UPDATE SEPTEMBER 2021: The links to the following poems and poets are unfortunately broken: Eric Chandler, Nicole Goodwin, Colin Halloran, Lynn Houston, Victor Inzunza, and Brian Turner.
I am leaving the entries in place for now, in hopes the links will be restored and to alert readers that the poets and their poems are well worth seeking out by other means.
To honor National Poetry Month, below are poems by forty American writers that reflect and engage America’s 21st-century wars in Iraq or Afghanistan, directly, indirectly, or possibly only in my mind.* They run the gamut from the nation’s poet-laureate to MFA-honed to raw, and are written by veterans, spouses, and interested civilian observers, but they’re all great individually and collectively they articulate the nation’s crazy play of emotions as it sought redress for the sting of the 9/11 attacks. Many thanks to the authors for writing them and much love also for online media sites that feature poets and poetry–please read them, support them, share them, and spread the word.
The links should take you directly to each of the poems, except for Jeremy Stainthorp Berggren’s and Maurice Decaul’s, which are featured on the Warrior Writers page. An additional click on “Writing” will get you in the ballpark, and you can figure it out from there. If you discover a dead link or that access to a poem is blocked by a pay-wall, please let me know.
*Seth Brady Tucker’s “The Road to Baghdad” probably draws on Tucker’s experience in the 1990 Gulf War, but was first published in 2011 and can certainly be read as a contemporary war poem.
1. Graham Barnhart, “What Being in the Army Did.” Beloit Poetry Journal.
2. Chantelle Bateman, “PTSD.” Apiary Magazine.
3. Jeremy Stainthorp Berggren, “Real Vet, Fake Vet.” Warrior Writers.
4. Marvin Bell, “Bagram, Afghanistan, 2002.” The New Yorker.
5. Benjamin Busch,“Madness in the Wild.” Slippery Elm.
6. Eric Chandler, “The Stars and Stripes is Free.” Line of Advance.
7. Liam Corley, “A Veteran Observes the Republic and Remembers Ginsberg.” The Wrath-Bearing Tree.
8. Maurice Decaul, “Shush.” Warrior Writers.
9. Jehanne Dubrow, “Much Tattooed Sailor Aboard the USS New Jersey.” poets.org.
10. Elyse Fenton, “Word from the Front.” Reed Magazine.
11. Amalie Flynn, “Where” and “Know.” New York Times.
12. Frederick Foote, “Birth Rights.” The Piker Press.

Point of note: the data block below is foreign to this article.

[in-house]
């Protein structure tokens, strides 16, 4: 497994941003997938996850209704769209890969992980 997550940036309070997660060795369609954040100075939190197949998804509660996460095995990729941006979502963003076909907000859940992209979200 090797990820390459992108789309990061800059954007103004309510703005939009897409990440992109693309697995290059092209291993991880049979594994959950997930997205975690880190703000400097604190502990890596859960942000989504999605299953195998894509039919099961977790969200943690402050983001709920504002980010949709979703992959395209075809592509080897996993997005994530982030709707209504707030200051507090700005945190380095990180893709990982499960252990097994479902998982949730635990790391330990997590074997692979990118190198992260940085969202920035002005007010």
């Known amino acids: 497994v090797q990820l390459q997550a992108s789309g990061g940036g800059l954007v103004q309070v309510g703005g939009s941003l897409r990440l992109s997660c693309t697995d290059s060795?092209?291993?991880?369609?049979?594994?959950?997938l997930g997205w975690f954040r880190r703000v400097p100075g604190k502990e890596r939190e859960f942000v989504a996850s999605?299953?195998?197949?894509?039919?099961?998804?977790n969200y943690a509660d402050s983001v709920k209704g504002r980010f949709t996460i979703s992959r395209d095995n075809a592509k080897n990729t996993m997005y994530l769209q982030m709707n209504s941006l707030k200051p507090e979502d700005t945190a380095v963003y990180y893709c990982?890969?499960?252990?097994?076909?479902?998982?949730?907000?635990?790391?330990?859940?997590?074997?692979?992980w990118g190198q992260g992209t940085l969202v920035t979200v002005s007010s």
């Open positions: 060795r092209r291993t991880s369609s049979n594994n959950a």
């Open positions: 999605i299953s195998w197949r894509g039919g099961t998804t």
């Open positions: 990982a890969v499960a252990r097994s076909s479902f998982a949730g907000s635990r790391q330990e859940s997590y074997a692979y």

13. Kate Gaskin, “The Foxes.” poets.org.
14. Nicole Goodwin, “In Medusa’s Arms.” The Moxie Bee.
15. D.A. Gray, “Makeshift: The Mortar’s Whistle/Transubstantiation.” Sewanee Review
16. Colin D. Halloran, “I Remember.” Drunken Boat.
17. Pamela Hart, “Penelope at the Shooting Range.” Heron Tree.
18. Lynn Houston, “At the Harbor Lights Motel After You Return.” As It Ought To Be.
19. Victor Inzunza, “The Part of Ourselves We’re Afraid Of.” Pacific Review.
20. Brock Jones, “Explaining the Unexplainable.” Mobius: The Journal of Social Change.
21. Shara Lessley, “The Test.” Missouri Review.
22. Hugh Martin, “Ways of Looking at an IED.” Blackbird.
23. Phil Metres, “Hung Lyres (for Mohamedou Ould Slahi).” Poets Reading the News.
24. Dunya Mikhail, “The Iraqi Nights.” Poetry Foundation.
25. Abby E. Murray, “Asking for a Friend.” RHINO/Frontier Poetry.
26. Jenny Pacanowski, “Strength in Vulnerability.” Women Veterans’ Rhetoric.
27. Drew Pham, “How to Remember Your Ancestors’ Names.” The WWrite Blog.
28. Robert Pinsky, “The Forgetting.” Poetry in Multimedia.
29. Kevin Powers, “Improvised Explosive Device.” Bookanista.
30. Frances Richey, “Letters.” poets.org
31. Roy Scranton, “And nevermore shall we turn back to the 7-11.” Painted Bride Quarterly.
32. Solmaz Sharif, “Look.” PEN America.
33. Charlie Sherpa, “Toward an understanding of war and poetry told (mostly) in aphorisms.” Wrath-Bearing Tree.
34. Juliana Spahr, “December 2, 2002.” poets.org.
35. Lisa Stice, “While Daddy’s at Training, Our Daughter Asks Questions.” the honest ulsterman.
36. Nomi Stone, “The Door.” Poets.org.
37. Seth Brady Tucker, “The Road to Baghdad.” Colorado Poets Center.
38. Brian Turner, “At Lowe’s Home Improvement Center.” Poetry Daily.
39. Paul Wasserman, “Fifteen Months, Twenty-Two Days.” Time Now.
40. Johnson Wiley, “Shooting Stars of Kuwait” and “A Mother’s Son Returned.” Time Now.
41. Donna Zephrine, “War Sees No Color.” Military Experience & the Arts.